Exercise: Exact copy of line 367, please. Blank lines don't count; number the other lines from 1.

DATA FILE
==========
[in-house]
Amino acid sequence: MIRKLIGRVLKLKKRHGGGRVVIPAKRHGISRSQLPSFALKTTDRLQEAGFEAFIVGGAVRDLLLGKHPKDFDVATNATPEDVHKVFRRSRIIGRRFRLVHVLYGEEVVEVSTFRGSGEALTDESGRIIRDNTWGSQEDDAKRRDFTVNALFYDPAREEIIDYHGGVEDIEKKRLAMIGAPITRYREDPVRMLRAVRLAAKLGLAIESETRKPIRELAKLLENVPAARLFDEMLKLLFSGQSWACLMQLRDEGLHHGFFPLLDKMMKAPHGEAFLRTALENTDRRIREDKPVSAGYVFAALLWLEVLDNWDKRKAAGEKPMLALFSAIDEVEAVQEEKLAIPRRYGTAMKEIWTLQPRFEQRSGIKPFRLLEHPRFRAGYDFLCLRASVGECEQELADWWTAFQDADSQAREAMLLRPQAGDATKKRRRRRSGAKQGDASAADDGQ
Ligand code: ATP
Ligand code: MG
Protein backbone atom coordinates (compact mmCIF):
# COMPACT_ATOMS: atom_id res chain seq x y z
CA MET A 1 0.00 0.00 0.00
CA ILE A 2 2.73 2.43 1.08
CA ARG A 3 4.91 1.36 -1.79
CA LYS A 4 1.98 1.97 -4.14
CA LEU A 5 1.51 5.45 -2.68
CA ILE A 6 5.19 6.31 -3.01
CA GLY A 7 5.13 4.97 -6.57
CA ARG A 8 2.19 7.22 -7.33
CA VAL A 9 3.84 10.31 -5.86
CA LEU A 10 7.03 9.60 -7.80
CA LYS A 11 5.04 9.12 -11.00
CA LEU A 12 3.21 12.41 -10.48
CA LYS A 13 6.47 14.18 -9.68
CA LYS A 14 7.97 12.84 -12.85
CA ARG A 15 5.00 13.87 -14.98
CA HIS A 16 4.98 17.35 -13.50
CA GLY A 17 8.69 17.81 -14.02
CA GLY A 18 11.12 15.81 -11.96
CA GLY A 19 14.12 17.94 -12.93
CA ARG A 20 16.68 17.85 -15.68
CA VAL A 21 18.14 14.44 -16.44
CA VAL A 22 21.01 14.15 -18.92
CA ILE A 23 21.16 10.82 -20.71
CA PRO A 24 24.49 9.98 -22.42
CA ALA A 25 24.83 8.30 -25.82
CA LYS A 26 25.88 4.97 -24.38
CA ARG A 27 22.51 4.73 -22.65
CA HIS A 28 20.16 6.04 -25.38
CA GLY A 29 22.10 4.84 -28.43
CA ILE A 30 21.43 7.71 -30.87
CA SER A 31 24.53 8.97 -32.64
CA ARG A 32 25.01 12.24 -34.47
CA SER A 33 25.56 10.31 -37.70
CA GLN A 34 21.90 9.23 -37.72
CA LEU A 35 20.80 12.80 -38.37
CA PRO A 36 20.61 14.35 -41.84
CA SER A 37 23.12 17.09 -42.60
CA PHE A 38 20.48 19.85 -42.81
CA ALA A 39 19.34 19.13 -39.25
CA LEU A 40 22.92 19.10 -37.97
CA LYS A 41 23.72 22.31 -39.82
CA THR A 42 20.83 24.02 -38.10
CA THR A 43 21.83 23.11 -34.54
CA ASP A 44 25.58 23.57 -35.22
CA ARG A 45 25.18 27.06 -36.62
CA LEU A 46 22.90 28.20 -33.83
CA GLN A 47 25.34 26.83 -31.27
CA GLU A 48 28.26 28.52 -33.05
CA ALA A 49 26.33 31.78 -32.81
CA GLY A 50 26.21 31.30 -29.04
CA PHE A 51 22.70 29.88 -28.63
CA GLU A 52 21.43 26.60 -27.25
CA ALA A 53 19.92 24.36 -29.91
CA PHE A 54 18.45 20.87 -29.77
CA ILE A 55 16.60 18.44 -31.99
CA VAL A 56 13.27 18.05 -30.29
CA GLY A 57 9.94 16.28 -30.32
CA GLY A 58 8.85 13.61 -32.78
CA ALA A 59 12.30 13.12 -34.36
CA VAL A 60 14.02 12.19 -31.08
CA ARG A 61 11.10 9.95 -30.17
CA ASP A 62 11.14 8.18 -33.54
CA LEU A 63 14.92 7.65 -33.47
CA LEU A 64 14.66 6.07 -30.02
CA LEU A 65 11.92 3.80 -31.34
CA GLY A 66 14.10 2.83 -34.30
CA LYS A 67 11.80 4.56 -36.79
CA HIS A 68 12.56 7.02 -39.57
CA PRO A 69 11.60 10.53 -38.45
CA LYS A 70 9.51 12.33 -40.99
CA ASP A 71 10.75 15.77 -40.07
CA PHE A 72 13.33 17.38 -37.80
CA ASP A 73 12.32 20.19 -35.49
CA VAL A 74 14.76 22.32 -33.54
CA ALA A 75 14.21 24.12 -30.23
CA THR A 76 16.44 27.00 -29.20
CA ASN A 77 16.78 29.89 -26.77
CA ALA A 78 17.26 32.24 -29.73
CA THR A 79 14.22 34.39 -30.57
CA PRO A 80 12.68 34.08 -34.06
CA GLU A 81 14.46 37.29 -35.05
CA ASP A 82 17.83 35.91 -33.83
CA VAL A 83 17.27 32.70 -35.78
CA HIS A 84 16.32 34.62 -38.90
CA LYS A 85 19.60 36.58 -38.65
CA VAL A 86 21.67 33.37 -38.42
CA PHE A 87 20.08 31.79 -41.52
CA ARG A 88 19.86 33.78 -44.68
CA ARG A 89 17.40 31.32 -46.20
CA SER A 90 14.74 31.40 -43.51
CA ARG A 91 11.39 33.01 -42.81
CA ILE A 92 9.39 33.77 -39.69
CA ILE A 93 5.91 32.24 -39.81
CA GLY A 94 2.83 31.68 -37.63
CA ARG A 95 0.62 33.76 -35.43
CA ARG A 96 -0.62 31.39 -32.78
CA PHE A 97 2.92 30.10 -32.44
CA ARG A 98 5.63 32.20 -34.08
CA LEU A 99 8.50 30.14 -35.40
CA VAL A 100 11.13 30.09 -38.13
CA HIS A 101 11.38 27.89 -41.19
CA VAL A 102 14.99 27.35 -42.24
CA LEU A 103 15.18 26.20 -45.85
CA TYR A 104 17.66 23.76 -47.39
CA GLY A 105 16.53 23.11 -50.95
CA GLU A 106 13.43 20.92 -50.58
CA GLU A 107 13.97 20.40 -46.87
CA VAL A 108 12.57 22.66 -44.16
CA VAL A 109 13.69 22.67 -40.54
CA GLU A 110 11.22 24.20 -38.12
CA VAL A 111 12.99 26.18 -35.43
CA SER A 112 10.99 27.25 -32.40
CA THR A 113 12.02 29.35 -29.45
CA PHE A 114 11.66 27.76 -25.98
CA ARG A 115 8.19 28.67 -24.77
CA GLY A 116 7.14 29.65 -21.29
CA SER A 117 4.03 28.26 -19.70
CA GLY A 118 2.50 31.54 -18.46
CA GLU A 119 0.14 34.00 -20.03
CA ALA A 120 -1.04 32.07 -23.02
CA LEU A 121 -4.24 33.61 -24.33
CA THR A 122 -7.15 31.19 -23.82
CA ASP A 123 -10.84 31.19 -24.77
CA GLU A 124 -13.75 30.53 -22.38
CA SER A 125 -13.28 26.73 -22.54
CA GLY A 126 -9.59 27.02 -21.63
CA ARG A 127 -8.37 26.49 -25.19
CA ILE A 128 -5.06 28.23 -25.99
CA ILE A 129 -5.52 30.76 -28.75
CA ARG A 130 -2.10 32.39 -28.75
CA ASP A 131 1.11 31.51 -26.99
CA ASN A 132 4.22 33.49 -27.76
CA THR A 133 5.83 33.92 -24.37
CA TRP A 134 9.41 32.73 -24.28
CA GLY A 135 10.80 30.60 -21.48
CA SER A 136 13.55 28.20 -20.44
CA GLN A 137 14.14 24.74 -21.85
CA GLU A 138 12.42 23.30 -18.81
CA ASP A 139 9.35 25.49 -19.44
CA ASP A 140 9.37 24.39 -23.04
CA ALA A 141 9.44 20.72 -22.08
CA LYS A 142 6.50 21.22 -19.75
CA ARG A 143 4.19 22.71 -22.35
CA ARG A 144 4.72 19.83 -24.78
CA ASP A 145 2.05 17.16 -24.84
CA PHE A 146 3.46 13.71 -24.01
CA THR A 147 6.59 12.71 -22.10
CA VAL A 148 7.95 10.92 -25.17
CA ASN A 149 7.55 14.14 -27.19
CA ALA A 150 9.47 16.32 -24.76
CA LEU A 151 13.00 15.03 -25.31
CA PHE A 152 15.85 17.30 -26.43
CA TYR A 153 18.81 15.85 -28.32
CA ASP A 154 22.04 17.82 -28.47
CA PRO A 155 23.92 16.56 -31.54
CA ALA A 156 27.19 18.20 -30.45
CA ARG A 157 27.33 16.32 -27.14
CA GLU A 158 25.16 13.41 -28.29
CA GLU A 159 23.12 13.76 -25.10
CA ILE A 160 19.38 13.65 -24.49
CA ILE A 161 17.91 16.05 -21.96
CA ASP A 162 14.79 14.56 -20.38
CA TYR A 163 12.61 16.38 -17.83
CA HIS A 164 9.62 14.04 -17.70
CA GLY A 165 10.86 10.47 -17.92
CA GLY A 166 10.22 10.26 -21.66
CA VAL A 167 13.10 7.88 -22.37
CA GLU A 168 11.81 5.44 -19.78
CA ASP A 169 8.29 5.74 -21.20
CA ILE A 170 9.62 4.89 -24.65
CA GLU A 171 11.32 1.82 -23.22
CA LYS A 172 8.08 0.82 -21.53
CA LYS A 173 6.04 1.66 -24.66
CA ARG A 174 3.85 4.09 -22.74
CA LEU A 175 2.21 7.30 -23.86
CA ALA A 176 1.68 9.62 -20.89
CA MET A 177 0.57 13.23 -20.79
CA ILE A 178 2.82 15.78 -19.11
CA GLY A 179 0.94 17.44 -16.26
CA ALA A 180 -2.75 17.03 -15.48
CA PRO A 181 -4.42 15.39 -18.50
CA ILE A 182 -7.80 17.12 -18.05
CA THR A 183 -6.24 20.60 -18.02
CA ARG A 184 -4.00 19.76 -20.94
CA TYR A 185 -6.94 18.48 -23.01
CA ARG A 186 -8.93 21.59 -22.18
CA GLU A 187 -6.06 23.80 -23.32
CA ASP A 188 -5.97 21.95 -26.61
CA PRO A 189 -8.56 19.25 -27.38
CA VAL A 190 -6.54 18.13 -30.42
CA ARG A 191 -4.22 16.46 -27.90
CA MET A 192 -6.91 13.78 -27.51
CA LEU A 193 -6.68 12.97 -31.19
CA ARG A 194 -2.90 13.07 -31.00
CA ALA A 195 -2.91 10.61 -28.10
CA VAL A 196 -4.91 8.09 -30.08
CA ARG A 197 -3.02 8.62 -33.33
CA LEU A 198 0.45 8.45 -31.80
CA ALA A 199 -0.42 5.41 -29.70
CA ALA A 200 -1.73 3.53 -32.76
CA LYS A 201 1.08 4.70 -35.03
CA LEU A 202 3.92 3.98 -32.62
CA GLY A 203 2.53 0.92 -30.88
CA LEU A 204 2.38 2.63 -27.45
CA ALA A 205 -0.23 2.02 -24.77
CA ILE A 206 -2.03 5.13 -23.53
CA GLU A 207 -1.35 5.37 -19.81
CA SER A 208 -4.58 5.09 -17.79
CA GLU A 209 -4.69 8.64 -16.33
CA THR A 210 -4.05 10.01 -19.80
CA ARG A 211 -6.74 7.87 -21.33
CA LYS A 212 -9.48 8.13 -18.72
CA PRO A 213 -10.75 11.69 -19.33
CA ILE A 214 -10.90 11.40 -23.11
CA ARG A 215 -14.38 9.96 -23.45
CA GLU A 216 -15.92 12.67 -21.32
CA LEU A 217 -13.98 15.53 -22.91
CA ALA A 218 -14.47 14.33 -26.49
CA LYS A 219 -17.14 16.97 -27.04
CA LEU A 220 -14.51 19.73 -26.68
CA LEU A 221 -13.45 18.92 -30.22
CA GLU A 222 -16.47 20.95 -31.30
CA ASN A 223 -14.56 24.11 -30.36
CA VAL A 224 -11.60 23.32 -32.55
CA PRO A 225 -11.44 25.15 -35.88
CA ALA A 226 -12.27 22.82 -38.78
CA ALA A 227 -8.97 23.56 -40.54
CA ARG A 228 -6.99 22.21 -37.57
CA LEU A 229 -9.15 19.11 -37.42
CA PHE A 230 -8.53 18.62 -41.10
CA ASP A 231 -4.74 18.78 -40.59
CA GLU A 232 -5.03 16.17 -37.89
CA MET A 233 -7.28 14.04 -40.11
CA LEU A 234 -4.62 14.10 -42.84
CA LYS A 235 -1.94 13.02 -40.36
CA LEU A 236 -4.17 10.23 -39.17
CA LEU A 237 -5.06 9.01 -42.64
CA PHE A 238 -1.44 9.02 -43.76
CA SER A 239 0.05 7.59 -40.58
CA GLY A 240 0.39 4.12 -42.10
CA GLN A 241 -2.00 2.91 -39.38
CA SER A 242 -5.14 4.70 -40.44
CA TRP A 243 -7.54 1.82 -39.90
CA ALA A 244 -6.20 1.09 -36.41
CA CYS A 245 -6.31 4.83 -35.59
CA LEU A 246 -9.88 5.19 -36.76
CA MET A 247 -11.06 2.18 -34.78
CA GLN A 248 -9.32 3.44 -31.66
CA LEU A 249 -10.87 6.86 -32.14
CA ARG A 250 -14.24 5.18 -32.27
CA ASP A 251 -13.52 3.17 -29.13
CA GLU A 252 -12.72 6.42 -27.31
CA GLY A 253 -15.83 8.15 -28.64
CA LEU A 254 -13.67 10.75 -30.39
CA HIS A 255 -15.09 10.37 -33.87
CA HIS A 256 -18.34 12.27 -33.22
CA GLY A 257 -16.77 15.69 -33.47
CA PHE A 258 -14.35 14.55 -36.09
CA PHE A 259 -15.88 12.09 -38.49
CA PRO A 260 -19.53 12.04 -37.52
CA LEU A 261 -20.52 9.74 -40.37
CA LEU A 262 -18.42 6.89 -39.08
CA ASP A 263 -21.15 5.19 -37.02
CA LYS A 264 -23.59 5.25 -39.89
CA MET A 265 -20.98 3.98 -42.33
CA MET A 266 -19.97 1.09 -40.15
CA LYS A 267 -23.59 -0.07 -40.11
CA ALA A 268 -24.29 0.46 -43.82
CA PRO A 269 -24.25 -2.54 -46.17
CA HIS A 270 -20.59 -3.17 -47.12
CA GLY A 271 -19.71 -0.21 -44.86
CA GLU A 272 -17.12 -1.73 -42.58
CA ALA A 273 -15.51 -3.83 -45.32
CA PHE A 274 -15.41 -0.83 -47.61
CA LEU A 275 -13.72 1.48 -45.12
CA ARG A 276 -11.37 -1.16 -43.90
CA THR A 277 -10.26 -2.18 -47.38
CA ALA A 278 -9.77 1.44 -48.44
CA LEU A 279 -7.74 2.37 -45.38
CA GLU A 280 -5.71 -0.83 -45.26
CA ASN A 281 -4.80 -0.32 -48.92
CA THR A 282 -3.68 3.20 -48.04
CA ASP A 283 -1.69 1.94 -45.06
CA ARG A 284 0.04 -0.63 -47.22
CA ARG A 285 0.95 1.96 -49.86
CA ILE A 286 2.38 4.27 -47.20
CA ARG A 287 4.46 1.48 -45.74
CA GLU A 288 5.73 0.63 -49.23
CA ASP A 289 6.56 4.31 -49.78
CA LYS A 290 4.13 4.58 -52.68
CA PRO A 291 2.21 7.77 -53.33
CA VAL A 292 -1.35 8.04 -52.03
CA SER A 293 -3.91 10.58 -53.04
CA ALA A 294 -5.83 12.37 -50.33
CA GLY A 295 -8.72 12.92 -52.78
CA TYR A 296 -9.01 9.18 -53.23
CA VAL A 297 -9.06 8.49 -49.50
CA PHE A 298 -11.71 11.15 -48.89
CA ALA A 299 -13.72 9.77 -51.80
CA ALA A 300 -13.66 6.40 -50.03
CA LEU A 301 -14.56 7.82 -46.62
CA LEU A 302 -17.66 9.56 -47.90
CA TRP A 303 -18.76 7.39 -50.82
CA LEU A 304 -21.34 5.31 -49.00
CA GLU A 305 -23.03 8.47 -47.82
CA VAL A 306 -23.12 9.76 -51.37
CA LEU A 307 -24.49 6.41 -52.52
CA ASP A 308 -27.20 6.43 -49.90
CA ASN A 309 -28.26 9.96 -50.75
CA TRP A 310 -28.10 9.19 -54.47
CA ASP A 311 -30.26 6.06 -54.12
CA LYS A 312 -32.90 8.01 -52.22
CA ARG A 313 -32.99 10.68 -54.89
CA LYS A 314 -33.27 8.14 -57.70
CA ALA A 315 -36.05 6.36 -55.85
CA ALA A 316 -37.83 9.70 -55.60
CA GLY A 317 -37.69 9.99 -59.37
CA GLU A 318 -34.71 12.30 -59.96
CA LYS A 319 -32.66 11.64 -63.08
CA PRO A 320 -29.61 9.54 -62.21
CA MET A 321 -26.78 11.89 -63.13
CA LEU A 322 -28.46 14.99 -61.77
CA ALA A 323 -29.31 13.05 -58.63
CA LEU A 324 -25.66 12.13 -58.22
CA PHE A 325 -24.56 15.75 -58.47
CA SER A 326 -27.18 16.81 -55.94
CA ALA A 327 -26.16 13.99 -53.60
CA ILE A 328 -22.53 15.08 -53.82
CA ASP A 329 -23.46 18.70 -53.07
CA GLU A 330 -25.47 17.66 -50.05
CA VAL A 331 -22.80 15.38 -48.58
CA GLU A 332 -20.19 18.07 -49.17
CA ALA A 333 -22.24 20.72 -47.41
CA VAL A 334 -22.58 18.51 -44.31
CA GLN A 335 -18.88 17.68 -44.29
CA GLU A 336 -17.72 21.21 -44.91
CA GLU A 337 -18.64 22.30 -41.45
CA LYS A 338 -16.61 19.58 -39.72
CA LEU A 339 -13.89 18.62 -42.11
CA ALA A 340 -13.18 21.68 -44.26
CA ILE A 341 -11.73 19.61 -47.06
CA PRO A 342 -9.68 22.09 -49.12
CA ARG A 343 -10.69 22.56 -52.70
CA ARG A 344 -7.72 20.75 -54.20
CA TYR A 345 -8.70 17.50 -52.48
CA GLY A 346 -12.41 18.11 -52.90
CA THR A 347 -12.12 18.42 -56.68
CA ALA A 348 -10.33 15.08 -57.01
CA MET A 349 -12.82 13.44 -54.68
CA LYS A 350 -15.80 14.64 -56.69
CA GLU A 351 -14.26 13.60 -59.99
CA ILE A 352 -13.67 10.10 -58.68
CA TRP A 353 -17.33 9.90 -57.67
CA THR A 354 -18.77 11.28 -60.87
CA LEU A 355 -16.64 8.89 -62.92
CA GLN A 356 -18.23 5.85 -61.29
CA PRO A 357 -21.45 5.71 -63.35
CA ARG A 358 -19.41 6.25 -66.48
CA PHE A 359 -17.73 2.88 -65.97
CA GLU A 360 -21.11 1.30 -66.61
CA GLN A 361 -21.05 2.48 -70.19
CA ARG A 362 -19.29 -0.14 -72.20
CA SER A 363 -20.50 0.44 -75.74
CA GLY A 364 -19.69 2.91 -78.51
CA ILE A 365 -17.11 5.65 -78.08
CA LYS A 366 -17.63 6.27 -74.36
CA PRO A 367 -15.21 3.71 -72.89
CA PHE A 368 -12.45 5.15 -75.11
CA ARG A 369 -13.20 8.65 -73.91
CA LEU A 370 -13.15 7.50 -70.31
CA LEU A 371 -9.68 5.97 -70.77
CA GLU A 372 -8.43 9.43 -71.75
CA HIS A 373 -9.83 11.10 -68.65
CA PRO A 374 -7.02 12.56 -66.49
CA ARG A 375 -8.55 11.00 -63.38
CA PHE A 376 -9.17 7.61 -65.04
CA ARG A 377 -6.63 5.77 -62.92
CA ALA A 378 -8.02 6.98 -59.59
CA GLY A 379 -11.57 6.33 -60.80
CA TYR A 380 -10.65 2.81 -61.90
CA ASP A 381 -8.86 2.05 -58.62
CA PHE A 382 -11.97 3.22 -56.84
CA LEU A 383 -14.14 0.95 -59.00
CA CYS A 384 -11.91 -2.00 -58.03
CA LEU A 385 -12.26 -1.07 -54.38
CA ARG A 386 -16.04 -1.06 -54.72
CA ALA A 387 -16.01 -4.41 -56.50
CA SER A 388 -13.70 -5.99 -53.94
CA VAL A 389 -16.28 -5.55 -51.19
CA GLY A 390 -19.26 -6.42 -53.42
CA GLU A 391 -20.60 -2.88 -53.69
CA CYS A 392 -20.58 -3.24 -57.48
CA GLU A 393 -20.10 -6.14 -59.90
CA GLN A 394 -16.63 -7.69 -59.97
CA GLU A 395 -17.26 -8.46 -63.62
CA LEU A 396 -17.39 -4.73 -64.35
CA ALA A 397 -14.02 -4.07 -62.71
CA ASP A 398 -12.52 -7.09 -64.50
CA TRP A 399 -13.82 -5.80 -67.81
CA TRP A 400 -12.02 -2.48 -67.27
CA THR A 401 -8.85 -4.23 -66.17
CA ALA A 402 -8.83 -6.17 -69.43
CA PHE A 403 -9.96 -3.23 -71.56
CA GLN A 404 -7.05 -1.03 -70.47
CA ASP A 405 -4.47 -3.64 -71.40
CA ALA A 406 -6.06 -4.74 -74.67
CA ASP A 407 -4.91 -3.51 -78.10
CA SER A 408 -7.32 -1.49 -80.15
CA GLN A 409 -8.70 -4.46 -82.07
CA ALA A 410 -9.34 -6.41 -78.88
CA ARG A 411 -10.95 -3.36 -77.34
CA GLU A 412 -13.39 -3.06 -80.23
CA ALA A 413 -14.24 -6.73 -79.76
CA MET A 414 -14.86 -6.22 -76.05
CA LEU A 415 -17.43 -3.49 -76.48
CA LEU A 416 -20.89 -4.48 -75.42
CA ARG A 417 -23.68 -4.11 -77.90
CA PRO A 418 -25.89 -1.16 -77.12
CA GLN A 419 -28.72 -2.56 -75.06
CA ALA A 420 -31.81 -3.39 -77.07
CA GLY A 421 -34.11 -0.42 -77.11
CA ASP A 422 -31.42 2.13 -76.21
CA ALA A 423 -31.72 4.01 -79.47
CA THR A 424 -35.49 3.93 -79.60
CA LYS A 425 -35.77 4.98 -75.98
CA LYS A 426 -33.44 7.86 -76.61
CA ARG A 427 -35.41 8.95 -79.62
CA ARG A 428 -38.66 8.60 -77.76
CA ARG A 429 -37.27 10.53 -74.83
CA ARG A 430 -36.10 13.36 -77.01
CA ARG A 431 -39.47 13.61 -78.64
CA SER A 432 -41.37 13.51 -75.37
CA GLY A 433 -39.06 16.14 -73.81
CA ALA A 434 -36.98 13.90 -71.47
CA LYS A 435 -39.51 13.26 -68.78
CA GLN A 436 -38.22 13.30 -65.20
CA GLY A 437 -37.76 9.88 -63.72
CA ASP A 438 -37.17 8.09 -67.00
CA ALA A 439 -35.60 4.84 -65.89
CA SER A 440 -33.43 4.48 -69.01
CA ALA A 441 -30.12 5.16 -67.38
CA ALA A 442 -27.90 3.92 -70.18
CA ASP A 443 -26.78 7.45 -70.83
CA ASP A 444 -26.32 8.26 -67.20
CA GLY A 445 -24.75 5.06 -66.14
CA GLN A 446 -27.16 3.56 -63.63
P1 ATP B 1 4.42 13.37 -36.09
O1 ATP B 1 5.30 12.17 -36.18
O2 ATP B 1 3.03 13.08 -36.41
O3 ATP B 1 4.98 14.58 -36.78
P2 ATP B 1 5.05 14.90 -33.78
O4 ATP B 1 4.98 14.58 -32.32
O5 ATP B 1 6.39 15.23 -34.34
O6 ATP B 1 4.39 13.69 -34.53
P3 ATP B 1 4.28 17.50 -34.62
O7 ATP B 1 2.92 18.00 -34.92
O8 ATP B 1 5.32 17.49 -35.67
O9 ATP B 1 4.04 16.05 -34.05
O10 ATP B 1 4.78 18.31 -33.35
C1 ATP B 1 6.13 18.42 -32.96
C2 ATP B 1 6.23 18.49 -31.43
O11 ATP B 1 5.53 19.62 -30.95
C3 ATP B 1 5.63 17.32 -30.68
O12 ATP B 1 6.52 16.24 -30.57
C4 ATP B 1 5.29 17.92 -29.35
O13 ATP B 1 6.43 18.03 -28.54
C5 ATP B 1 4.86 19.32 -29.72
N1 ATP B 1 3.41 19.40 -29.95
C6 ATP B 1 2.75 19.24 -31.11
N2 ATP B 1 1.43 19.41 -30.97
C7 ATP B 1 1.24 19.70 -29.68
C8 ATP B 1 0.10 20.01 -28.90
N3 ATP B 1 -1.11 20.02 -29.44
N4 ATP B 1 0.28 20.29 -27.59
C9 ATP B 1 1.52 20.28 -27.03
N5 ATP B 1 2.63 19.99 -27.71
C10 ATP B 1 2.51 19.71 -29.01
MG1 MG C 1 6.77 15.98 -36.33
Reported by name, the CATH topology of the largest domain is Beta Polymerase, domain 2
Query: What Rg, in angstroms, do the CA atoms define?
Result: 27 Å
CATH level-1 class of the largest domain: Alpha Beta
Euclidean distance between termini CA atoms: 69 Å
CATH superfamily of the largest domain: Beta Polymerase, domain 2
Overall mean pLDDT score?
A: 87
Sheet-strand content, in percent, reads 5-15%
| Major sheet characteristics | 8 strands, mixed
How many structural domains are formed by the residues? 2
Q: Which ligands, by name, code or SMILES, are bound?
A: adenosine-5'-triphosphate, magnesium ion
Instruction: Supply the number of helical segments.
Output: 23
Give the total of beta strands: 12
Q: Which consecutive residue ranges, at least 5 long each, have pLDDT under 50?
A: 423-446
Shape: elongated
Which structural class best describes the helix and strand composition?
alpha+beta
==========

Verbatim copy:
CA GLN A 361 -21.05 2.48 -70.19